Once a solution is implemented, the next step is to place the necessary “controls” to assure improvements are maintained long-term. This involves monitoring—and in many cases, publicizing—the key process metrics to promote continuous improvement and to guard against regression. In many cases, Xerox will revisit the implementation after 3-6 months to review key metrics and evaluate if the initial progress has been sustained. A common practice is to put key metrics, including hard cost savings and achievement of pre-defined Service Level Agreements, in full view “on the dashboard” to provide continuous feedback to the organization and so decision-makers can assess the project’s level of success as it moves forward.

9.3. Dabbawalas and six sigma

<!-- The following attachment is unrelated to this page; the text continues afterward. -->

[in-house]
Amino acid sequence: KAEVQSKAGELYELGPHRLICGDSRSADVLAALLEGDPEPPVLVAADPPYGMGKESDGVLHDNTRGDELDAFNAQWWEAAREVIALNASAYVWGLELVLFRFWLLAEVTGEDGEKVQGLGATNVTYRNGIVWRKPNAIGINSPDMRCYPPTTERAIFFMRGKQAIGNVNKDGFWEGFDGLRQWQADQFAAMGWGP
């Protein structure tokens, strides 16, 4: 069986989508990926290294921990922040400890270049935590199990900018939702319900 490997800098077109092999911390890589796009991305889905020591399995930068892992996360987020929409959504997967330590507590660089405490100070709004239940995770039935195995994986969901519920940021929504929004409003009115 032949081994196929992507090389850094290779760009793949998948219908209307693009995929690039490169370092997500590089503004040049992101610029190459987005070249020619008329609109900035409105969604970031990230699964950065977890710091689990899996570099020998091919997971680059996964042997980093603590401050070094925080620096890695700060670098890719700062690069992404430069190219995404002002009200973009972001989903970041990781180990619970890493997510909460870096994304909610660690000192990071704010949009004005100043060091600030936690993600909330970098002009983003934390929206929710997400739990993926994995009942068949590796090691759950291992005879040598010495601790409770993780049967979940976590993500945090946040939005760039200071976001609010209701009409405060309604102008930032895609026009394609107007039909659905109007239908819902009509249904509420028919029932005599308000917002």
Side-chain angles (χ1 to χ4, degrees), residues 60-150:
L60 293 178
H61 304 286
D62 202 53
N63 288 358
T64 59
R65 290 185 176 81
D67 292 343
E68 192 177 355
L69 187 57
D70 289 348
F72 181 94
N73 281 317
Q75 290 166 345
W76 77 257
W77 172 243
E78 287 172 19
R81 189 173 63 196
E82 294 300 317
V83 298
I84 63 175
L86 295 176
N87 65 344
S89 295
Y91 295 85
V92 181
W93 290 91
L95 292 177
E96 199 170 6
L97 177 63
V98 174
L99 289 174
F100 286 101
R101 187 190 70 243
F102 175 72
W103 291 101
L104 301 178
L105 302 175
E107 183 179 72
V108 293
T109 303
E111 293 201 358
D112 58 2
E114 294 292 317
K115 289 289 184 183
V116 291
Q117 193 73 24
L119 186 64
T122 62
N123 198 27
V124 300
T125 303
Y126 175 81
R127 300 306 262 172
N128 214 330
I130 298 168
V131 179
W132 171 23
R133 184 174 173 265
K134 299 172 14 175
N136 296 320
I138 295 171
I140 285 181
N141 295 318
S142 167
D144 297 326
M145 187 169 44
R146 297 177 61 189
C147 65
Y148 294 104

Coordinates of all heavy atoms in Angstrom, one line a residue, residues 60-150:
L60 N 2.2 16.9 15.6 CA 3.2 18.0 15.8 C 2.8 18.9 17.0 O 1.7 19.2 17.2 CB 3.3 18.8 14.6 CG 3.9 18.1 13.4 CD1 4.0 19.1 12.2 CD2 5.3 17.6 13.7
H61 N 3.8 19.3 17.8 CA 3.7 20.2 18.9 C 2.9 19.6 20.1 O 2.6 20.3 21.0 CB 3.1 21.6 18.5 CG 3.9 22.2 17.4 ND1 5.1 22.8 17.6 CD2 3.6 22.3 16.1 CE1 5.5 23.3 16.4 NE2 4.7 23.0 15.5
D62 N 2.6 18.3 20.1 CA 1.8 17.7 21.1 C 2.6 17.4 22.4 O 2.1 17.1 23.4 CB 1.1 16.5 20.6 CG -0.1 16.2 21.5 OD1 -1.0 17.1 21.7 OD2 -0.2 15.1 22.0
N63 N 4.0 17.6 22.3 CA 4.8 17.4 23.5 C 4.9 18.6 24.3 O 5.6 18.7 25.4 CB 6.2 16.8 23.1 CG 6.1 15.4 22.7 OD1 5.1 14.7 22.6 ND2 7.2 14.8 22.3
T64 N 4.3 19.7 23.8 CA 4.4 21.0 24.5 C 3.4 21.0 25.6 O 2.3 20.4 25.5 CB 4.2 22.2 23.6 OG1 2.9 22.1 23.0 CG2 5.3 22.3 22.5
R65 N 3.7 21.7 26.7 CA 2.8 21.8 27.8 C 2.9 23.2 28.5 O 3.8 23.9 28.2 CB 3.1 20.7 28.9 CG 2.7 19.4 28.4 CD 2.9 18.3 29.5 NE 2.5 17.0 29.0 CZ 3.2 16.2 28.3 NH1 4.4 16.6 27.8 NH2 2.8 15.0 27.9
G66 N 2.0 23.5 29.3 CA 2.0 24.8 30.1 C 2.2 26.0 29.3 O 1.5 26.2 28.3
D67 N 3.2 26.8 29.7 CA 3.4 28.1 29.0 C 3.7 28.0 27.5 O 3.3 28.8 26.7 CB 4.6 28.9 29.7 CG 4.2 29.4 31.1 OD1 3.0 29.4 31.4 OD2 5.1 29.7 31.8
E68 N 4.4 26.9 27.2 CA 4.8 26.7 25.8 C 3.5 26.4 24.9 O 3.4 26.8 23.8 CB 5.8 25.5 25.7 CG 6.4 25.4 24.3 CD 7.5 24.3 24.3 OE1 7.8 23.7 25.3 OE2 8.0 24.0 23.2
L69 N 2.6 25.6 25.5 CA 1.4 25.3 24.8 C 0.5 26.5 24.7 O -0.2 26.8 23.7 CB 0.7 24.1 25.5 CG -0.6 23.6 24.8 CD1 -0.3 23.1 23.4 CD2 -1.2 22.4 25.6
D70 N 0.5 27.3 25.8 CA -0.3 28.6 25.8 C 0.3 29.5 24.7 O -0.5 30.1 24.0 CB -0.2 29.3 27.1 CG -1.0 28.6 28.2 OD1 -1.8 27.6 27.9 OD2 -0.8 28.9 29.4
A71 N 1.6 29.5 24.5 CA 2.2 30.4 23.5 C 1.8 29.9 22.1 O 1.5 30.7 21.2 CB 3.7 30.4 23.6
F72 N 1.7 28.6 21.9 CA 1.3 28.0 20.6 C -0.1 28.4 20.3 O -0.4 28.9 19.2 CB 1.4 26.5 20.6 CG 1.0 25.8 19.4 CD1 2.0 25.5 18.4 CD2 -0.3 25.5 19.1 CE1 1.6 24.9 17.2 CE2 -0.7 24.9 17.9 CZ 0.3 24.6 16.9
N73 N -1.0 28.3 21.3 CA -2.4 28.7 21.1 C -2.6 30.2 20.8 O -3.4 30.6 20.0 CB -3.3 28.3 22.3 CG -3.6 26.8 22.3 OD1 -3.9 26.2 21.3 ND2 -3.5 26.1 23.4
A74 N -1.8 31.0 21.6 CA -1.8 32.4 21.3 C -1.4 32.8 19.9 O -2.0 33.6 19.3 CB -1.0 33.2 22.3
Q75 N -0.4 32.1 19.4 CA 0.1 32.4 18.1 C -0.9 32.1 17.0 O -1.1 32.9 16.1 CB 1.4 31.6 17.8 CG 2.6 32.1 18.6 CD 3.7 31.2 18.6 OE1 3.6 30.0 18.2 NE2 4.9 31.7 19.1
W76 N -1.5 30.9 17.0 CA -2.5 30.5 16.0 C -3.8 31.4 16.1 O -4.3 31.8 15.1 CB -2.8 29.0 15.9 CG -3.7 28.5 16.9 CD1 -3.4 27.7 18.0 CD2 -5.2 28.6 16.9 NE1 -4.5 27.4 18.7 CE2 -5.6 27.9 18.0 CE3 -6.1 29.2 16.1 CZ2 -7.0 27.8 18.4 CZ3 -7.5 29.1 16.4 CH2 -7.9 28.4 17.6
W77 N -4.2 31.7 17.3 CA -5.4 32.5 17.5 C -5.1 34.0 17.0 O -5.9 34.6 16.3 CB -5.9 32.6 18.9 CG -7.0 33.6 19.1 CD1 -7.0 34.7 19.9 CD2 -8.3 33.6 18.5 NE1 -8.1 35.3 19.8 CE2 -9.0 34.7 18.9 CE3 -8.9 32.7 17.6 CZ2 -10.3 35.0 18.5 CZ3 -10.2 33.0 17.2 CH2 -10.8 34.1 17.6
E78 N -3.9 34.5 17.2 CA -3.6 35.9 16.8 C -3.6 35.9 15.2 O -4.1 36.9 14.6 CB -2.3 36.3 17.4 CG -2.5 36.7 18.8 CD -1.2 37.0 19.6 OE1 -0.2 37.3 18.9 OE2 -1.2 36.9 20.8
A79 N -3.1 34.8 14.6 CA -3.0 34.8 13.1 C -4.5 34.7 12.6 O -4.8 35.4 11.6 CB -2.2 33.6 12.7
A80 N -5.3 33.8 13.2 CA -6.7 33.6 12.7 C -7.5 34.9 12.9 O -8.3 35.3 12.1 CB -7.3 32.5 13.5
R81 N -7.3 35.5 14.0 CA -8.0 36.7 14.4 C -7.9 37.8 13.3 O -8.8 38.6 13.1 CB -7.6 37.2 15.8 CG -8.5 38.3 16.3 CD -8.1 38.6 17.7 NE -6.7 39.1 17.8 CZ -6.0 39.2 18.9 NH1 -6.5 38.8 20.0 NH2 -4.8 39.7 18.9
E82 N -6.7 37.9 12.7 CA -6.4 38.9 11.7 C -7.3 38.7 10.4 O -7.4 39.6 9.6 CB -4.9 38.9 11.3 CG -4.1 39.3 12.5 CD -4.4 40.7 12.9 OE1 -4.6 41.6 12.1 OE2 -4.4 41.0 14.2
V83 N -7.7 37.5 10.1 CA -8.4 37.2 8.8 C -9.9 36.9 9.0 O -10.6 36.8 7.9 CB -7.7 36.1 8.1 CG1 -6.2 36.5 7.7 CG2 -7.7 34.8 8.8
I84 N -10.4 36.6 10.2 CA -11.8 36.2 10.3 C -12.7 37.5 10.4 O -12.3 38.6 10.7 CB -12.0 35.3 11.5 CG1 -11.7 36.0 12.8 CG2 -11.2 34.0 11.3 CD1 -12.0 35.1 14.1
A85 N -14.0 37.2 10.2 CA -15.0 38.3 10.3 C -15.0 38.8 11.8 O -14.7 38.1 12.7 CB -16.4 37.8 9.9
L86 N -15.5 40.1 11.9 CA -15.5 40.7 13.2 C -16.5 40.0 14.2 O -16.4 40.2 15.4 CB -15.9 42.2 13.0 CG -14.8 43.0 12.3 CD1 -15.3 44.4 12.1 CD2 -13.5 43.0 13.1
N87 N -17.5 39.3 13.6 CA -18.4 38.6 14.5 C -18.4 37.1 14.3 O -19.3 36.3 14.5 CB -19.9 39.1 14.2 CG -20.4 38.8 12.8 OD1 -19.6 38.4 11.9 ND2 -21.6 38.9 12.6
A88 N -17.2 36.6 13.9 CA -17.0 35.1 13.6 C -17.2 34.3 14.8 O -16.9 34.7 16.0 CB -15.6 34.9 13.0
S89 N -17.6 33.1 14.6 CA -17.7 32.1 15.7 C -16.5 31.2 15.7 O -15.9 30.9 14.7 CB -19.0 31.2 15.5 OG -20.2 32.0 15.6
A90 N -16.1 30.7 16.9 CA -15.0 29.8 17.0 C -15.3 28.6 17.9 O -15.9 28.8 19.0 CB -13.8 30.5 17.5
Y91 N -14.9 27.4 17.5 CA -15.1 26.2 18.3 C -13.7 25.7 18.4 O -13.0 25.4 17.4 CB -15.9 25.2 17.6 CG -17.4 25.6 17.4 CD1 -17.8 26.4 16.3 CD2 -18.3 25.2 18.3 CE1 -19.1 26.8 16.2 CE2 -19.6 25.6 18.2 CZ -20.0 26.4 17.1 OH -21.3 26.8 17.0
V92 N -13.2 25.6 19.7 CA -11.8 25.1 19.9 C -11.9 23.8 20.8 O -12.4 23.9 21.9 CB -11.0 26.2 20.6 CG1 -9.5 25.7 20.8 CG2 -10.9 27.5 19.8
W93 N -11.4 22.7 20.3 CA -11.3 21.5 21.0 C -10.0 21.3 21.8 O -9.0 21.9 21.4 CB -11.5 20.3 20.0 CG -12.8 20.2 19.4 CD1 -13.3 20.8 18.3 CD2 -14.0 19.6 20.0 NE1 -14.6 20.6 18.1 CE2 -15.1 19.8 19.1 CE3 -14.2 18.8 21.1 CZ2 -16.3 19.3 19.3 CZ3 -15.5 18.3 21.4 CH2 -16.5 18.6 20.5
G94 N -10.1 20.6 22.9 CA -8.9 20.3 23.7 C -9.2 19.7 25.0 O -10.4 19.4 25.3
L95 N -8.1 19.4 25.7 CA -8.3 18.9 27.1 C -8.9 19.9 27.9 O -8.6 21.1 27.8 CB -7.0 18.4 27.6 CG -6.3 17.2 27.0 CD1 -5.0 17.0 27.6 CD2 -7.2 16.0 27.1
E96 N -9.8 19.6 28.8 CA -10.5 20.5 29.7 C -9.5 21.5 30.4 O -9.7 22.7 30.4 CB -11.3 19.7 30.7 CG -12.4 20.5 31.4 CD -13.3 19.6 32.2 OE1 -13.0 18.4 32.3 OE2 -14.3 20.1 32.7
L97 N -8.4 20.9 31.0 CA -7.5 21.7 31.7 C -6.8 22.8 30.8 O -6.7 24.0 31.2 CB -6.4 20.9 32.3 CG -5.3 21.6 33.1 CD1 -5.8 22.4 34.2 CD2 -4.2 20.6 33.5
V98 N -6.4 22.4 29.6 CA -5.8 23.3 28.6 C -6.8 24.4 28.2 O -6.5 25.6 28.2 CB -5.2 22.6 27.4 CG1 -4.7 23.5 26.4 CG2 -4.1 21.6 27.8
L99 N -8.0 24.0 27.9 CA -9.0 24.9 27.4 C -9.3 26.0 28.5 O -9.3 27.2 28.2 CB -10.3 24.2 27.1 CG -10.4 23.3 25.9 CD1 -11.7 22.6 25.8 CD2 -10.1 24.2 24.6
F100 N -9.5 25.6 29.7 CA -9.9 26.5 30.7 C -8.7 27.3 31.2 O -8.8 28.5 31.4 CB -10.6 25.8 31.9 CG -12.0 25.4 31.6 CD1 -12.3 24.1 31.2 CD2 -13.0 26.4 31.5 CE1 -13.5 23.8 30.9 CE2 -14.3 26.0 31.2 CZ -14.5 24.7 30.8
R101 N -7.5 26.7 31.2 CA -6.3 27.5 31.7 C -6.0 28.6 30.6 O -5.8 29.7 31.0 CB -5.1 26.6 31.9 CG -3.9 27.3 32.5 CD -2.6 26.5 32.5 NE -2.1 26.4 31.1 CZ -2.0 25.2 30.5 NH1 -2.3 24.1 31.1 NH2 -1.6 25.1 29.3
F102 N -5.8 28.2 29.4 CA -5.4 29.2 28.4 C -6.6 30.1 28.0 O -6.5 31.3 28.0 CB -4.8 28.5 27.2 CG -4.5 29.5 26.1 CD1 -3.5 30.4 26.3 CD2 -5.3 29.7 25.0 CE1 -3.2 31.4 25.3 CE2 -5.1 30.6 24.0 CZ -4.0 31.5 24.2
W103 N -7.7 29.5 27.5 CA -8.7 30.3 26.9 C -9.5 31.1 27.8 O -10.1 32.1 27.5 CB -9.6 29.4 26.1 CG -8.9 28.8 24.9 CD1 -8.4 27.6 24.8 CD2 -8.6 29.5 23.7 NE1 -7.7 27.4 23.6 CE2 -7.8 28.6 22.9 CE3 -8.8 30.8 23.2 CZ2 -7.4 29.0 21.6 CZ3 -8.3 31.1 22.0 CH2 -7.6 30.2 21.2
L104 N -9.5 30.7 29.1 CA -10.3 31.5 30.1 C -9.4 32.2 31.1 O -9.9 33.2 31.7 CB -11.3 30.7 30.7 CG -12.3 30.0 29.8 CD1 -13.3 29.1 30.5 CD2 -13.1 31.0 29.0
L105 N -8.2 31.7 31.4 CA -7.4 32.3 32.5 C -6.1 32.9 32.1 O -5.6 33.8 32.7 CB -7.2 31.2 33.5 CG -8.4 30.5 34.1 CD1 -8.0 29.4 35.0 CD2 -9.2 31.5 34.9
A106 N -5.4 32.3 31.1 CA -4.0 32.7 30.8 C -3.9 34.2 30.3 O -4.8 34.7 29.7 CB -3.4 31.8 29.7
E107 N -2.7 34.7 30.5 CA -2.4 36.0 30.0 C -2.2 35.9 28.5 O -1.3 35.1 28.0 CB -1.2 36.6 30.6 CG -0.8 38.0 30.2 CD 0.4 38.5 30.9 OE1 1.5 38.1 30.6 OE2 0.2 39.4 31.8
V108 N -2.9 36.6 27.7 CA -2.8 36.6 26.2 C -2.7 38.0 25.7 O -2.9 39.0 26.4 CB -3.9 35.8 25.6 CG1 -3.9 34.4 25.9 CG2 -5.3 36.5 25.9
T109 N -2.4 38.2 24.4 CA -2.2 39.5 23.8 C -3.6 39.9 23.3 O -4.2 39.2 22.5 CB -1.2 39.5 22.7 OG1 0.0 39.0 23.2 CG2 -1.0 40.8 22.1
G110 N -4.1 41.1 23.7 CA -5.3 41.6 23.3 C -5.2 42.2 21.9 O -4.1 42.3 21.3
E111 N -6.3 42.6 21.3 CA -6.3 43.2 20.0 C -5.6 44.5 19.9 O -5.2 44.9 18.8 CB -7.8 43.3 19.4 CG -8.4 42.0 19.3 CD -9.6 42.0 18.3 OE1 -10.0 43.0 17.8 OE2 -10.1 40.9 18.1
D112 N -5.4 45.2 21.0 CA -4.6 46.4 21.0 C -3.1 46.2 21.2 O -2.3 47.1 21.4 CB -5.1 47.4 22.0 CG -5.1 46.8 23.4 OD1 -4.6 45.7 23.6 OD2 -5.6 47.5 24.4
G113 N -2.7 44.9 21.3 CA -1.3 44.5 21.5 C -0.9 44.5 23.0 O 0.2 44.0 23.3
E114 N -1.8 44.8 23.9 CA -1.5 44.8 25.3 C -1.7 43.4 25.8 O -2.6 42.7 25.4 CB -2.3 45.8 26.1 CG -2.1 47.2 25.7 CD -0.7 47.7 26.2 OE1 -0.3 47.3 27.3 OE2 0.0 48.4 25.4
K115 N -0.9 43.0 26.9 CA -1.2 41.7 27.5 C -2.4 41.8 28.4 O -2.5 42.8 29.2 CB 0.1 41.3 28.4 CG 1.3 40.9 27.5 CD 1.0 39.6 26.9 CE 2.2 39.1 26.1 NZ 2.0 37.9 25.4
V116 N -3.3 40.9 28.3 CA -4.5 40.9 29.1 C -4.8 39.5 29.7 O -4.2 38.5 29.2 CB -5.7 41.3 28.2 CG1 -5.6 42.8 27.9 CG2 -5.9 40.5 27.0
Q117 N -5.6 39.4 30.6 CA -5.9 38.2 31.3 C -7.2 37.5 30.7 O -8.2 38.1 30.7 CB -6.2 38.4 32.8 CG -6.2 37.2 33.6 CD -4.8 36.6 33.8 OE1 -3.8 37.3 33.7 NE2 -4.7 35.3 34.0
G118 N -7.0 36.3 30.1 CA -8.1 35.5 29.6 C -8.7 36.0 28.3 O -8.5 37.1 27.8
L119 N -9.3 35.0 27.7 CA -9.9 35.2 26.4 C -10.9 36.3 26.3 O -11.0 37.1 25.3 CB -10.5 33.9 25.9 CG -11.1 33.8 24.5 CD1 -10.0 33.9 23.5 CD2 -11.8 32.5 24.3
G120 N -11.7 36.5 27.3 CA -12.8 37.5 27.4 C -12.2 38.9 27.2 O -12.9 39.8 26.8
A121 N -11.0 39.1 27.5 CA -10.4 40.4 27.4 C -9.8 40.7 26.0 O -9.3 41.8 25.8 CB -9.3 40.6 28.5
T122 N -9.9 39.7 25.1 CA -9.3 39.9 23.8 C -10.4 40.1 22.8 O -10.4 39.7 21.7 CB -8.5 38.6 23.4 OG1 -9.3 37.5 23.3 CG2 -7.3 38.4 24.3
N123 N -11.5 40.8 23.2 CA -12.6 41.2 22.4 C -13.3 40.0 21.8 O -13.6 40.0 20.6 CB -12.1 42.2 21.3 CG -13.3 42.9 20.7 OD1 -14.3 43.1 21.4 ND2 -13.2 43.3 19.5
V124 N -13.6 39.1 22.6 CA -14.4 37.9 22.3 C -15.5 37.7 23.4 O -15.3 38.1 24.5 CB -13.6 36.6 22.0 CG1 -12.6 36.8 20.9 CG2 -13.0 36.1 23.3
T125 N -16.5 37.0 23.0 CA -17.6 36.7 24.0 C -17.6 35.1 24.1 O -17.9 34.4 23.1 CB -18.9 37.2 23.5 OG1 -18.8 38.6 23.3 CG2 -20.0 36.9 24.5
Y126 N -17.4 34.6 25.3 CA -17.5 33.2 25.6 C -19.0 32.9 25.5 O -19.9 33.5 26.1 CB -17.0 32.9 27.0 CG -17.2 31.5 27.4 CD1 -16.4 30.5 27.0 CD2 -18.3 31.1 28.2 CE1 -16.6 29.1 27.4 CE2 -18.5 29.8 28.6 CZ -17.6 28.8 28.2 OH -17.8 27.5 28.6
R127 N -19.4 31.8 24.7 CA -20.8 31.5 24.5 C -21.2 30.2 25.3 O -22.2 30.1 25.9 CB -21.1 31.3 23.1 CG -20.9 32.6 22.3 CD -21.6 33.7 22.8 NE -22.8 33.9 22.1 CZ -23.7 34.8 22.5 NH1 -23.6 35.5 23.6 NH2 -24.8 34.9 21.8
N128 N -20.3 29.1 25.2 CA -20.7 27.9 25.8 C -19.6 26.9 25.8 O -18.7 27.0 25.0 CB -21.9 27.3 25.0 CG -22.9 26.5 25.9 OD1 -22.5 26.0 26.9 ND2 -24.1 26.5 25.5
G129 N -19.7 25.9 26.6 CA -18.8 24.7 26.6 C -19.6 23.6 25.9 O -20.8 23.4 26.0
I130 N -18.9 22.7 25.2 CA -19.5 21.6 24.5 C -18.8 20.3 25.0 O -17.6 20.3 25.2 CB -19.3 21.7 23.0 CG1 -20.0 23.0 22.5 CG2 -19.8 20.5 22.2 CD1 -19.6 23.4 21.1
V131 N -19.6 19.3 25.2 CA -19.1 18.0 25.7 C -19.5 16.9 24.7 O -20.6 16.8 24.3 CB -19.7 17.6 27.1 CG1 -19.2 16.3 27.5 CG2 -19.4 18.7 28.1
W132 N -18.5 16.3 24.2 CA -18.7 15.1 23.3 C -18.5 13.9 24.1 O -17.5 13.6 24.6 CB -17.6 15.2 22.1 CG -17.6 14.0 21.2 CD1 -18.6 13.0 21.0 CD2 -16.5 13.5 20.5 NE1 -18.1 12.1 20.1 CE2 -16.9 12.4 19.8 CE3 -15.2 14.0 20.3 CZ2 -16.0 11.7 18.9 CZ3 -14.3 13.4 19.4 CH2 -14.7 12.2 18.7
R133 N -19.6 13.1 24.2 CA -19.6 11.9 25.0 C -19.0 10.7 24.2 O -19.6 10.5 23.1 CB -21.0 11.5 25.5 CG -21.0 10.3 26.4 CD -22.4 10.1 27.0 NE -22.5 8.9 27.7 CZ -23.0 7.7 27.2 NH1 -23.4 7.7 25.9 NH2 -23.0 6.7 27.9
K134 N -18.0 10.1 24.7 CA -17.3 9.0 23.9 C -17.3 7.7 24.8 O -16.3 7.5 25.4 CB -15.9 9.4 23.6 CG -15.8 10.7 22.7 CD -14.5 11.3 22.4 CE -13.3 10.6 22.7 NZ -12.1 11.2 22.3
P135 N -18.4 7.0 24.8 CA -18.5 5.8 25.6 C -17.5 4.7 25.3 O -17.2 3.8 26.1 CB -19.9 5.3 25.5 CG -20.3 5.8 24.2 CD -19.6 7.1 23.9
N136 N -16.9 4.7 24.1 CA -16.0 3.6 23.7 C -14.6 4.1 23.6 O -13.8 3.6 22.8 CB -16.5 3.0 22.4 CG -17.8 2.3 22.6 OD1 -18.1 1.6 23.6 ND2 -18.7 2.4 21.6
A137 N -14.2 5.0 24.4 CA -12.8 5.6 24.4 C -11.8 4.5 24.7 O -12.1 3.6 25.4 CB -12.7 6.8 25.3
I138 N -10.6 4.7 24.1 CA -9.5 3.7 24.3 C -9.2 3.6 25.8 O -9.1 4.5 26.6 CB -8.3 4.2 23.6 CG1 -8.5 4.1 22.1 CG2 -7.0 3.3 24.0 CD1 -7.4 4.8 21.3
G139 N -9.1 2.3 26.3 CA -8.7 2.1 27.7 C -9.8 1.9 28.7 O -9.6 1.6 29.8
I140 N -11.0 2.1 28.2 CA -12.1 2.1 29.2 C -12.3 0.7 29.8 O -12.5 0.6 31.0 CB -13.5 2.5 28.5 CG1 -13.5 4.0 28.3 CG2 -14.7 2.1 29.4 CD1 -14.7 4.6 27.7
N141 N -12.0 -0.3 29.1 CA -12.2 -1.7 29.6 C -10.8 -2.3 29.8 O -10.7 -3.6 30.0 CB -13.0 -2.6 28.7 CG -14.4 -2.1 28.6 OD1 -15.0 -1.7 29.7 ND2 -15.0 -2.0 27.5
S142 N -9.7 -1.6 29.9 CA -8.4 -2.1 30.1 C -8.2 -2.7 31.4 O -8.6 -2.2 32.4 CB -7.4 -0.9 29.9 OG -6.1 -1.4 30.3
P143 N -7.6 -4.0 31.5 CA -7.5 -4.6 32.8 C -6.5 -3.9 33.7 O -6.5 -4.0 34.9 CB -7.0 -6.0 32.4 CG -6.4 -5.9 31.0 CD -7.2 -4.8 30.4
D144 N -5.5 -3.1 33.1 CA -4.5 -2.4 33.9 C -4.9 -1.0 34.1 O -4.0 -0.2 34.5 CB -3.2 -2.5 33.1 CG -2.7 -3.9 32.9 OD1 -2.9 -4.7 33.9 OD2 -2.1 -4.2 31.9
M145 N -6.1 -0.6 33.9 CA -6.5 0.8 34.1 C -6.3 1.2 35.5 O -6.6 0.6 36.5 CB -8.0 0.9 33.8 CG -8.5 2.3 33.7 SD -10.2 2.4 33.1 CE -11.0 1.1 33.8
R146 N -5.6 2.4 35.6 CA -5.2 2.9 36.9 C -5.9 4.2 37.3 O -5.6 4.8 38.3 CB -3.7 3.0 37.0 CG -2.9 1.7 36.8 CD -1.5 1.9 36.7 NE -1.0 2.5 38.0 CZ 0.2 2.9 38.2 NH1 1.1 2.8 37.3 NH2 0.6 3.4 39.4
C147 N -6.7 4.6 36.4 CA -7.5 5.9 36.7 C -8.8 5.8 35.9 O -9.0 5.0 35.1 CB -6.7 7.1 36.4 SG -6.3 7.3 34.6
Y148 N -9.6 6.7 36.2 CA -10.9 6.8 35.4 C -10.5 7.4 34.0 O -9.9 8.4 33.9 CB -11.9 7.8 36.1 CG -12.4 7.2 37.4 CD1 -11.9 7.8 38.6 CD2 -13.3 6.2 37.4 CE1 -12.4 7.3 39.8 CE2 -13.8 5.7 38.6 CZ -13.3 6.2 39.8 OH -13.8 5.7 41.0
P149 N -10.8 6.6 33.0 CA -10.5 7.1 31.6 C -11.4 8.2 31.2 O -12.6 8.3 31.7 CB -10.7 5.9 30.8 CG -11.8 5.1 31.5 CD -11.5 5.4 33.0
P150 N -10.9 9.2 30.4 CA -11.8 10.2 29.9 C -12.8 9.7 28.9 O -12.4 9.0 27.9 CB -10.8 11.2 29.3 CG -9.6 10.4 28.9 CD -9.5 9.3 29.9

A Six Sigma practioner need not be an educated individual. One interesting case study quoted for Six Sigma application is dabbawalas of Mumbai, India. Dabbawallas (also known as Tiffinwallahs) are persons employed in a service industry in Mumbai whose primary job is collecting the freshly cooked food in lunch boxes from the residences of office workers (mostly in the suburbs), delivering it to their respective work places and returning the empty boxes to the customer’s residence by using various modes of transport. Around 5000 dabbawalas in Mumbai transport around 200,000 lunch boxes every day. The reliability of their services meet Six Sigma standard as per study by Forbes Magazine in the year 2002. It has been found that they make less than one mistake in every 6 million deliveries. The tiffin boxes are correctly delivered to their respective destinations as the dabbawalls use an unique identifying coding scheme inscribed on the top of each tiffin box.